The Israeli Unicorn Stiffing its Employees
On paper, Tel Aviv-based artificial intelligence company InfiBond is valued at $1.25 billion; in reality, its employees have yet to be paid this year
Founded in 2014, Infibond, which has undergone several pivots throughout the years, remains one of the local tech sector’s most enigmatic companies. It never released a product nor announced a funding round. And yet, from various reports and legal documents pertaining to several lawsuits currently carried out against it is Israeli courts, it appears Infibond is a member of the exclusive unicorn club, with an alleged company value of $1.25 billion.
Today, Infibond's website boasts that the company is "redefining the future of artificial intelligence by embedding the personality dimension into human-machine interaction." According to the site, these psychological insights are now being used to deliver personalized services in the fields of health, finances, and e-commerce. In a video uploaded to Infibond's YouTube channel in February, Nurit Mor Cohen, whose role in the company is defined as "chief of staff," announces that Infibod has been successful in "cracking the secret of who you are and transmitting it onto the digital world." She further said that Infibond has reached the Holy Grail of AI, processing human thinking and feeling into an algorithm, stating it was an effort the field's top minds have attempted to undertake for decades.
Conversations with four people close to the company, however, generate a different picture. Infibond, these people told Calcalist, has never actually presented a finished product. "One of the products is in the final stages of development and has gone through several proofs-of-concept, some successful and some not," one person said. While that person declined to identify the product, he did reveal that it is a product intended for the defense sector, representing yet another pivot for the company.
The big personality behind Infibond is Kraus, a former real estate developer who filed for bankruptcy in the late 1990s. Throughout the years, Kraus has managed to attract several familiar names to the company. According to Infibond's website, Sarit Kraus, head of the artificial intelligence department at Israel's Bar-Ilan University, is the company's director of AI. Erez Tsur, co-chairman of Israel Advanced Technology Industries (IATI), is a former board member. Tsur declined an interview with Calcalist and said he had not been part of Infibond for over a year. Sarit Kraus also declined an interview.
Infibond's baffling product is not the biggest mystery surrounding the company. Another question mark has to do with the amount of financing the company has seemingly received. According to Tel Aviv-based research firm IVC Research Center, Infibond has raised $19 million across two rounds. According to Pitchbook data, as of January, the company has raised $68 million at an astronomical valuation of $3 billion. In an audio recording reviewed by Calcalist, Kraus can be heard announcing to his employees last month that he had closed a new investment round of $100 million.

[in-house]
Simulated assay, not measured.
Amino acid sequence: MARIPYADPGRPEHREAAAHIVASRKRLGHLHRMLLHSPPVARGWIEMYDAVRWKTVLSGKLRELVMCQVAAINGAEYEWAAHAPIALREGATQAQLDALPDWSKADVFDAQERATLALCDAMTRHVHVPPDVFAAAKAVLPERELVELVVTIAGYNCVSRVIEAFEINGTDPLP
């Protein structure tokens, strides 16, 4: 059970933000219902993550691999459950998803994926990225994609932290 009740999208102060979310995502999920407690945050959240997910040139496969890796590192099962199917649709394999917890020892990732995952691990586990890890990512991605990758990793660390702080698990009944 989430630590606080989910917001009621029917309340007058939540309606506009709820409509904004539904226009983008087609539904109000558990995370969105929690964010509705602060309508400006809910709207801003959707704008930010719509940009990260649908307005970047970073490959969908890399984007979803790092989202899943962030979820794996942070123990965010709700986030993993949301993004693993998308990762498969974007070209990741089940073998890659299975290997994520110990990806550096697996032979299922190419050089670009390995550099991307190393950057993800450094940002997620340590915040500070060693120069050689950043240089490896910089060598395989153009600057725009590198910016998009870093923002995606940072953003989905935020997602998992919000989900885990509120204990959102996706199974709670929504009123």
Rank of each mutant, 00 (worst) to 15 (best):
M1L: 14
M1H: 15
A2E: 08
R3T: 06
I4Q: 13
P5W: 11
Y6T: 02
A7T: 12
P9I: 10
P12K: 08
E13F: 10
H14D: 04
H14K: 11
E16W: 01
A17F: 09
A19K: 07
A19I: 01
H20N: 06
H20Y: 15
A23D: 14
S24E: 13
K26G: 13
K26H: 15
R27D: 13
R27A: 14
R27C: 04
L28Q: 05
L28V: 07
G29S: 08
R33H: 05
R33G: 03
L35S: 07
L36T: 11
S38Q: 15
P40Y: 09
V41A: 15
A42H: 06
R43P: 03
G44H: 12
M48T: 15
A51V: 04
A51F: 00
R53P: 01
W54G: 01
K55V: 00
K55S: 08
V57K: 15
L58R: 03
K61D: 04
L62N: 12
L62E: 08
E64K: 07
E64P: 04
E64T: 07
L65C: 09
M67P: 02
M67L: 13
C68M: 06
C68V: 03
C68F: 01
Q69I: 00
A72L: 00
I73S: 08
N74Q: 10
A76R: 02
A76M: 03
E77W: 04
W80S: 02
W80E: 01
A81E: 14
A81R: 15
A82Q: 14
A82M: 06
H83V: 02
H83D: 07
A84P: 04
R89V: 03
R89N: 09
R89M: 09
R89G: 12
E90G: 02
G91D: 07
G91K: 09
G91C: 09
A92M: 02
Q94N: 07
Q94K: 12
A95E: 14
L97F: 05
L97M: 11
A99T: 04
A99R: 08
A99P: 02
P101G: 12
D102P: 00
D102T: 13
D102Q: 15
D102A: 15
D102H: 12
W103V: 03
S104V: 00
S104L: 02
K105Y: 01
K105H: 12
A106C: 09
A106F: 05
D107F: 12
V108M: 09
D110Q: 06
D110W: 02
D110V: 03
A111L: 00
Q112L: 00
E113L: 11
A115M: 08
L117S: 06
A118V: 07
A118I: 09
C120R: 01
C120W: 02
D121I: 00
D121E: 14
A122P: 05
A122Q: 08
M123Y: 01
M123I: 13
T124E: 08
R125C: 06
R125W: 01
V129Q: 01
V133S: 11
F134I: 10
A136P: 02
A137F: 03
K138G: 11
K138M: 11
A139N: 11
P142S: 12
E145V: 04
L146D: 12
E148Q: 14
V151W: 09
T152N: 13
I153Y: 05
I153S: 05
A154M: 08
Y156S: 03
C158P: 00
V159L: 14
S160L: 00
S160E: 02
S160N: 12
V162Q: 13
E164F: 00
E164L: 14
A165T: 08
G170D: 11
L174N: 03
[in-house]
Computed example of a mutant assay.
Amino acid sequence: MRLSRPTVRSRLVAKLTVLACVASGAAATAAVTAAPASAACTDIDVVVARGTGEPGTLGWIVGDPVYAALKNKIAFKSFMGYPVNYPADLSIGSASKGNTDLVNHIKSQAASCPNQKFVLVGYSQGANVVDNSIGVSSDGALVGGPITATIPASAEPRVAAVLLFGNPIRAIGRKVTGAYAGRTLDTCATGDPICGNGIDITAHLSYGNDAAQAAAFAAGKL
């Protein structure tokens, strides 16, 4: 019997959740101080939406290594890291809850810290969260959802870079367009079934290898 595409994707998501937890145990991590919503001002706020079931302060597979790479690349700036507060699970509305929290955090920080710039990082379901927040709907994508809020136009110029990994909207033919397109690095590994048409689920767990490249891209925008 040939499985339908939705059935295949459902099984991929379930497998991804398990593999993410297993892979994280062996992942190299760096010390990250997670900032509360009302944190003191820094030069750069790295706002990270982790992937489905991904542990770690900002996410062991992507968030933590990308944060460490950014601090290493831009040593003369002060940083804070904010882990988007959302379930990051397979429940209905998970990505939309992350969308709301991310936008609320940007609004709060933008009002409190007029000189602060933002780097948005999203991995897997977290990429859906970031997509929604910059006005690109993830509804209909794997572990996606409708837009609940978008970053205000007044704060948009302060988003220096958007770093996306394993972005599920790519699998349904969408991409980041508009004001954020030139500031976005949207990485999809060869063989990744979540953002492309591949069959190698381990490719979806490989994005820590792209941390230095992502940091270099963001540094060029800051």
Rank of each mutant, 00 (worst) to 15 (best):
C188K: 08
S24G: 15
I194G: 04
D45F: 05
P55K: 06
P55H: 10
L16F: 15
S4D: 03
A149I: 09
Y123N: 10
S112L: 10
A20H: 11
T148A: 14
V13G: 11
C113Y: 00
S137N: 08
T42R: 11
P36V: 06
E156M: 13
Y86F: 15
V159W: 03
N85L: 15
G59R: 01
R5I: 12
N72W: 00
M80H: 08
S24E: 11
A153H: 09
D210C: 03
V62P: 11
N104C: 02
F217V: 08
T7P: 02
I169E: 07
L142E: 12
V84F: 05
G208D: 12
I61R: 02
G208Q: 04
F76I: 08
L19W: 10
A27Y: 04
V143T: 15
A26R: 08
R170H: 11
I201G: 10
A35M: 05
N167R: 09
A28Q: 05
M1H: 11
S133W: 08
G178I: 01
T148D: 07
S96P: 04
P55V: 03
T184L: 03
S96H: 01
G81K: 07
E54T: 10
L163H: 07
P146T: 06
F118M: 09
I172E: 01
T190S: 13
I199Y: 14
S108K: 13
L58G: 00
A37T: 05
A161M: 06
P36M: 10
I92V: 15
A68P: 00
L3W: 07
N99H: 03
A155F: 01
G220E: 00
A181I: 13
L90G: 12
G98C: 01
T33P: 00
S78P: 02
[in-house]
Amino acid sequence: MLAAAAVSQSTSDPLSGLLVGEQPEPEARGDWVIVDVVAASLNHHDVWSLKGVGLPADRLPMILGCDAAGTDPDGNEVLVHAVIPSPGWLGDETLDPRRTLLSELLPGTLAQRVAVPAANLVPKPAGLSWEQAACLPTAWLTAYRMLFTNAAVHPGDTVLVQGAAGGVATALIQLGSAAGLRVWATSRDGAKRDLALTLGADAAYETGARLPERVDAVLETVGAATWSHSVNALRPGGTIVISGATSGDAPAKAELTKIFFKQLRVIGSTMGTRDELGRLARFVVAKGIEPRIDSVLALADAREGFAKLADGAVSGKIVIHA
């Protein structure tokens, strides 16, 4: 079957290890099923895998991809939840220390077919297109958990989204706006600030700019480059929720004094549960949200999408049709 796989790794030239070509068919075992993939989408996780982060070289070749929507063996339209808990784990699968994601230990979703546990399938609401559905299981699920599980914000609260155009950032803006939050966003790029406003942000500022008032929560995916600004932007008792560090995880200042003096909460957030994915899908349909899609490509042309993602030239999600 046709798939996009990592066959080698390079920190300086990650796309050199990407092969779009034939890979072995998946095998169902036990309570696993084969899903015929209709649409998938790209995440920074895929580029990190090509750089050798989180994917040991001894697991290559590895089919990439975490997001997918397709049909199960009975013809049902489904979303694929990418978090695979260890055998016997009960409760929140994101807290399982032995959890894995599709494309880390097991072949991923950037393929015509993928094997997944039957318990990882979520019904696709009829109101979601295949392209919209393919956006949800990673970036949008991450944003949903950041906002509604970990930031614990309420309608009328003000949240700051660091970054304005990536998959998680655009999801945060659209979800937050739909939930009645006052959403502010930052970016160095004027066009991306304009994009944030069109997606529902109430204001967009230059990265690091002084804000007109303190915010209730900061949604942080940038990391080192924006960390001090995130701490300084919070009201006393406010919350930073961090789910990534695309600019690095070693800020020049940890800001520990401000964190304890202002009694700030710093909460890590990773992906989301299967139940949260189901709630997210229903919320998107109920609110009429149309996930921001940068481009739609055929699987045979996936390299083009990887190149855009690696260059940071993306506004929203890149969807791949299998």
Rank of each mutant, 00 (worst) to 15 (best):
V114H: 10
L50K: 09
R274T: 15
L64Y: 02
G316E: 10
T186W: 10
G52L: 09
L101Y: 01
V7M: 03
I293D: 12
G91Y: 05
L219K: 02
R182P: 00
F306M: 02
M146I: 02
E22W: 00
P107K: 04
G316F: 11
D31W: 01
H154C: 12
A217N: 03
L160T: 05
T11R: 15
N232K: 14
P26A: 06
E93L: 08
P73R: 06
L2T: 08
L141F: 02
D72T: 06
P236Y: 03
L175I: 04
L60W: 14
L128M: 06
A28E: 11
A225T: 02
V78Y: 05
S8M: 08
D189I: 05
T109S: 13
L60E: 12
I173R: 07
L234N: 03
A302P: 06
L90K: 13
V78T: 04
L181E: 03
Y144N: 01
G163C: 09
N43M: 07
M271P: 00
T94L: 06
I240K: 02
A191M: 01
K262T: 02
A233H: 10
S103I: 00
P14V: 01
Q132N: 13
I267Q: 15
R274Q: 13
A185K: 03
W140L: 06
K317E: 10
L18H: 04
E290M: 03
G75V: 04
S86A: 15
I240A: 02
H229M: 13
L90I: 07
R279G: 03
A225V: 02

The lawsuits carried out against Infibond and Kraus list different amounts. In an August 2018 suit, consulting company Tel Aviv Capital Tech alleged that Infibond has failed to pay a 5% commission on a $100 million investment Tel Aviv Capital Tech helped facilitate according to a company valuation of $1.25 billion. The lawsuit states the investment was made by Hong Kong-based billionaire Richard Li, son of business magnate Li Ka-Shing. The investment, according to the suit, was part of a funding round worth $300 million in total. One of the appendices to the suit contains what appears to be investment documents, which show that Richard Li's firm sought participation in a $220 million series C funding round raised according to a company valuation of $1.25 billion. In its answer, Infibod said that investment ended up amounting to only $15 million.
According to governmental database the Israeli Companies Registrar, Infibond has no registered foreign stakeholders. This calls into question whether the company had received a funding infusion at all. According to the registrar, Kraus holds a 75% stake in Infibond, and co-founder and Chief Technology Officer Yaron Cohen Coriat holds an 8.7% stake. Another stakeholder listed is Aviel Dahan, who owns 8.7% according to the registrar. Dahan is not mentioned on the company's website, but on his personal Linkedin account he self-identifies as a co-founder of Infibond, and writes that he worked for the company between January 2014 and January 2015. The rest of Infibond's shares are divided between several investors, most of whom hold less than a 1% stake, and none of whom are the foreign backers listed in any of the lawsuits against the company.